# contour integration $\int_C \frac{\ln^2 z}{\sqrt{z}(1+z^2)}$(1 Short answer)

I solved this question and had a try as shown ... i got similar form ... but not getting correct answer. here is the question:

Question 3.

$$\quad$$ (a) By considering the integral of $$z^{-1/2}\log^2(z)/(1+z^2)$$ around a suitably chosen contour in the cut $$z$$ plane, prove that $$\int_0^{\infty}\frac{\log^2(t) - \pi^2}{t^{1/2}(1+t^2)}dt = -\frac{\pi^3}{4\sqrt{2}}$$

$$\quad$$ In your solution, include a diagram that clearly specifies the contour you are using and provide a careful discussion of all required estimates of contributions from contours that you will discard when an appropriate limit is taken.

$$\quad$$ (b) Using the same integration contour as in part (a) with the integrand $$z^{-1/2}\log^2(z)/(1-z)$$, find a relation between the integrals $$\int_0^{\infty}\frac{\log^2(t)}{t^{1/2}(1+t)}dt \quad\text{ and }\quad \int_0^{\infty}\frac{dt}{t^{1/2}(1+t)}.$$ $$\quad$$Use this relation to deduce, without further contour integration, that $$\int_0^{1}\frac{\log^2(t)}{t^{1/2}(1+t)}dt = \frac{\pi^3}{2}.$$

Here is what I have so far:

$$\quad$$ Ans 3. a) $$\int_0^{\infty}\frac{log^2(t) - \pi^2}{\sqrt{t}(1+t^2)}dt$$ $$\begin{multline} \shoveleft \text{Consider} \quad f(z) = \frac{log^2(z)}{\sqrt{z}(1+z^2)} \\ \shoveleft \text{Consider} \quad \int_Cf(z)dz \qquad \text{along the C as shown below} \end{multline}$$

$$\begin{multline} \shoveleft \text{Poles are at } z = 0 \text{ (not lies[sic] in contour)}, \quad z = \pm i \\ \shoveleft \text{Res }f(z=i) \quad \space \space \space = \quad \lim_{z \rightarrow i}\frac{(z-i)log^2(z)}{\sqrt{z}(z-i)(z+i)} \space = e^{i\pi /4}\frac{\pi^2}{8} \\ \shoveleft \text{Res }f(z=-i) \quad = \quad \lim_{z \rightarrow -i}\frac{(z+i)log^2(z)}{\sqrt{z}(z-i)(z+i)} = -e^{3i\pi /4}\frac{\pi^2}{8} \\ \shoveleft \therefore \quad \int_{C}f(z)dz = 2\pi i\left[\frac{\pi^2}{8}(e^{i\pi /4} - e^{3i\pi /4}) \right] = \frac{i\pi^3}{2\sqrt{2}} \\ \shoveleft \\ \shoveleft \text{Thus,} \\ \shoveleft \quad \int_{AB}f(z)dz + \int_{\Gamma}f(z)dz + \int_{FG}f(z)dz + \int_{\gamma}f(z)dz = \frac{i\pi^3}{2\sqrt{2}} \\ \shoveleft \\ \shoveleft \text{On AB: } z = x \quad \text{and on FG: } z = xe^{2\pi i} \\ \shoveleft \therefore \quad \int_{AB}f(z)dz + \int_{FG}f(z)dz = \int_{r}^{R}\frac{log^2x}{\sqrt{x}(1+x^2)}dx + \int_{R}^{r}\frac{\left( log(xe^{2\pi i}) \right)^2e^{2\pi i}}{\sqrt{xe^{2\pi i}}(1+x^2e^{2\pi i})}dx \\ \shoveleft \\ \shoveleft = \int_{r}^{R}\frac{log^2x}{\sqrt{x}(1+x^2)}dx + \int_{R}^{r}\frac{log^2x - 4\pi^2 +4\pi log(x)i}{\sqrt{x}e^{\pi i}(1+x^2)}dx \\ \shoveleft \\ \shoveleft = \int_{r}^{R}\frac{log^2x}{\sqrt{x}(1+x^2)}dx \ + \space \int_{r}^{R}\frac{log^2x - 4\pi^2 + 4\pi log(x)i}{\sqrt{x}(1+x^2)}dx \quad \because \space e^{\pi i} = -1 \\ \shoveleft \\ \shoveleft = \int_{r}^{R}\frac{2log^2x - 4\pi^2 - 4\pi log(x)i}{\sqrt{x}(1+x^2)}dx \\ \end{multline}$$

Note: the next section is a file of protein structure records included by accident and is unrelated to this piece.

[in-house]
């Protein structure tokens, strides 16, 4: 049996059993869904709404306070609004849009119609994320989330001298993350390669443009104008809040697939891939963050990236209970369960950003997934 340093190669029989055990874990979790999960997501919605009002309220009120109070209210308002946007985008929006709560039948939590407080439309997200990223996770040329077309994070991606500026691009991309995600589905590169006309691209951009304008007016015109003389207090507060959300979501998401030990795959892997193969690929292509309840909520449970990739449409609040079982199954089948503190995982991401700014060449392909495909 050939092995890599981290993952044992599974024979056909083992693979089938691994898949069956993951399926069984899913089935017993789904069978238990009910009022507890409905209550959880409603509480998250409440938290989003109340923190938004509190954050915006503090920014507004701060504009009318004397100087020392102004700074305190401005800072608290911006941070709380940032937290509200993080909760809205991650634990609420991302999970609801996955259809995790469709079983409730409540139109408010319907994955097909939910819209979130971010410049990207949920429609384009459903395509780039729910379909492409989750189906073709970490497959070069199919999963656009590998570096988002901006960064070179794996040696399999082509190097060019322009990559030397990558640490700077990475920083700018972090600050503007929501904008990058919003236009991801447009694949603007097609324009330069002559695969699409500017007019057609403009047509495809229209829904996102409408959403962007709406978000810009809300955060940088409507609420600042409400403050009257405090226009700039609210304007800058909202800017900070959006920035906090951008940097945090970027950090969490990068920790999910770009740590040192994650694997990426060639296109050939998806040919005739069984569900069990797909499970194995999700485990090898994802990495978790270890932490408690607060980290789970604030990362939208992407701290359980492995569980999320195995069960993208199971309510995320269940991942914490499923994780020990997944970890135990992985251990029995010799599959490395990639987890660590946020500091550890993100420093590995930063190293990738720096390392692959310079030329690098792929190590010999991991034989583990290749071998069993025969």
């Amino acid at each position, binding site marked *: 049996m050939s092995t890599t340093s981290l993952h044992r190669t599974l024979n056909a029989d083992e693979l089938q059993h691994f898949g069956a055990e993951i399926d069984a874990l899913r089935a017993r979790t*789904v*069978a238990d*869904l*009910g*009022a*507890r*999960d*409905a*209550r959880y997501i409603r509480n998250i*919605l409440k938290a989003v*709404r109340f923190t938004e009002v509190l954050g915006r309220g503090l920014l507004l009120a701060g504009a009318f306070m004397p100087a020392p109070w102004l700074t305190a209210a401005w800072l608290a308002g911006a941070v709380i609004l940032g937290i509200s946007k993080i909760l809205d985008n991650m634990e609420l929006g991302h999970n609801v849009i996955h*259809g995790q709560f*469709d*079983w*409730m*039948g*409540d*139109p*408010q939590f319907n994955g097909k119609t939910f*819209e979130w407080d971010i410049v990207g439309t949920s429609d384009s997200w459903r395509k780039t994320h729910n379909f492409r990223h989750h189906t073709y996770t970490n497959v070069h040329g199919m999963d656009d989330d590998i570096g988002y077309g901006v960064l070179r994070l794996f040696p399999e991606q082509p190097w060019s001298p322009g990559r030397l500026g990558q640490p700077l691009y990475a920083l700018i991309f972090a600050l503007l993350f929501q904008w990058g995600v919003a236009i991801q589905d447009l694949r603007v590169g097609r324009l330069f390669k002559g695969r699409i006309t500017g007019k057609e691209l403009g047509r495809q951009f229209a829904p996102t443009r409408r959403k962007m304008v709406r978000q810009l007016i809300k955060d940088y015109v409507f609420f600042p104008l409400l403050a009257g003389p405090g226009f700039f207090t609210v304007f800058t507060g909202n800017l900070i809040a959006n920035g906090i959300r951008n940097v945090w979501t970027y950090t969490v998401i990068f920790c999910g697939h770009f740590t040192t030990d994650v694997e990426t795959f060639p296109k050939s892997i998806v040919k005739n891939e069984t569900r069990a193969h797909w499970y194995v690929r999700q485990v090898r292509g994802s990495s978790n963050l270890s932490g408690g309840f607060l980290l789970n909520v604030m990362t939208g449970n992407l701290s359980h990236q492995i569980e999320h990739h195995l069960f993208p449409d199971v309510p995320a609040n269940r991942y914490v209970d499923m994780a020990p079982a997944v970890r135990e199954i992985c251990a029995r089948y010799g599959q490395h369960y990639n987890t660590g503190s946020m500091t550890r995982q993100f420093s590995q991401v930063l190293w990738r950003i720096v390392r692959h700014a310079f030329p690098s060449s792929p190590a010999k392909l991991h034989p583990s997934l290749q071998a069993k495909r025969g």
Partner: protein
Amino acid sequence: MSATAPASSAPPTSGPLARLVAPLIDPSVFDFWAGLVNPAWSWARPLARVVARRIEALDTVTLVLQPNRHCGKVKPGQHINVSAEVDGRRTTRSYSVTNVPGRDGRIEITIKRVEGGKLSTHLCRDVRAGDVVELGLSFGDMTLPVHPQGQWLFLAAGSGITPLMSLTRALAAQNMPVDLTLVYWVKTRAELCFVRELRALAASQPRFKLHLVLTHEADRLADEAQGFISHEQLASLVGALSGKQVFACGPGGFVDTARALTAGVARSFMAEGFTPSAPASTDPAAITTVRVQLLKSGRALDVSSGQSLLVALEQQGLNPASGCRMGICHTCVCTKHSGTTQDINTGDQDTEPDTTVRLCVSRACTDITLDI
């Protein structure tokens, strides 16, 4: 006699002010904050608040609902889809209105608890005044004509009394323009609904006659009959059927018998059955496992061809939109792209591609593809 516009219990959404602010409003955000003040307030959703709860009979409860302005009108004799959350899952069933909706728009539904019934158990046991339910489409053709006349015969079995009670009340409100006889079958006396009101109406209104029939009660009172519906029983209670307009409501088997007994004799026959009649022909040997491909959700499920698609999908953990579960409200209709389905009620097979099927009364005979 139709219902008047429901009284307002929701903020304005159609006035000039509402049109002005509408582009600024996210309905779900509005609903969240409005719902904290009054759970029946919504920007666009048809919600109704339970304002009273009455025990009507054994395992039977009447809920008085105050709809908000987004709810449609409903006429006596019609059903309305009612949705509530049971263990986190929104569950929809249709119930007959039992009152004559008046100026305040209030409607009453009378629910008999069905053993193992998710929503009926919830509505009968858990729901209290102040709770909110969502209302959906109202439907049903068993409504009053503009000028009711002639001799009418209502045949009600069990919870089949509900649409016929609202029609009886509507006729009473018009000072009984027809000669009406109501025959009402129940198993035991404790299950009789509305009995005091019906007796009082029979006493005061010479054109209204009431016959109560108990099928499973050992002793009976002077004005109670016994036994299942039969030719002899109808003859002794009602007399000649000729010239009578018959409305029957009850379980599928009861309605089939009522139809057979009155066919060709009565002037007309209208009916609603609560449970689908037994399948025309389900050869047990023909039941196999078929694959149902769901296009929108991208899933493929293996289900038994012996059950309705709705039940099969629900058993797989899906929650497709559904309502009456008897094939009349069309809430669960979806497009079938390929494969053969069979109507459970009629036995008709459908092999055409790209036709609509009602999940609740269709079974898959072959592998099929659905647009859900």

$$\begin{multline} \shoveleft \\ \shoveleft \text{For the circle } \gamma : \space z = re^{i \theta} \\ \shoveleft \text{So, } \int_{\gamma}f(z)dz = \int_{2\pi}^{0} \frac{\left( log(re^{i \theta})\right)^2(rie^{i \theta})}{\sqrt{re^{i \theta}}(1 + r^2 e^{2i \theta})}d\theta = \int_{2\pi}^{0}\frac{\sqrt{r}*ie^{i \theta}*log^2(re^{i \theta})}{e^{i\theta /2}(1 + r^2e^{2i\theta})}d\theta \\ \shoveleft \text{Clearly, if } r \rightarrow 0, \space \int_{\gamma}f(z)dz \rightarrow 0 \\ \end{multline}$$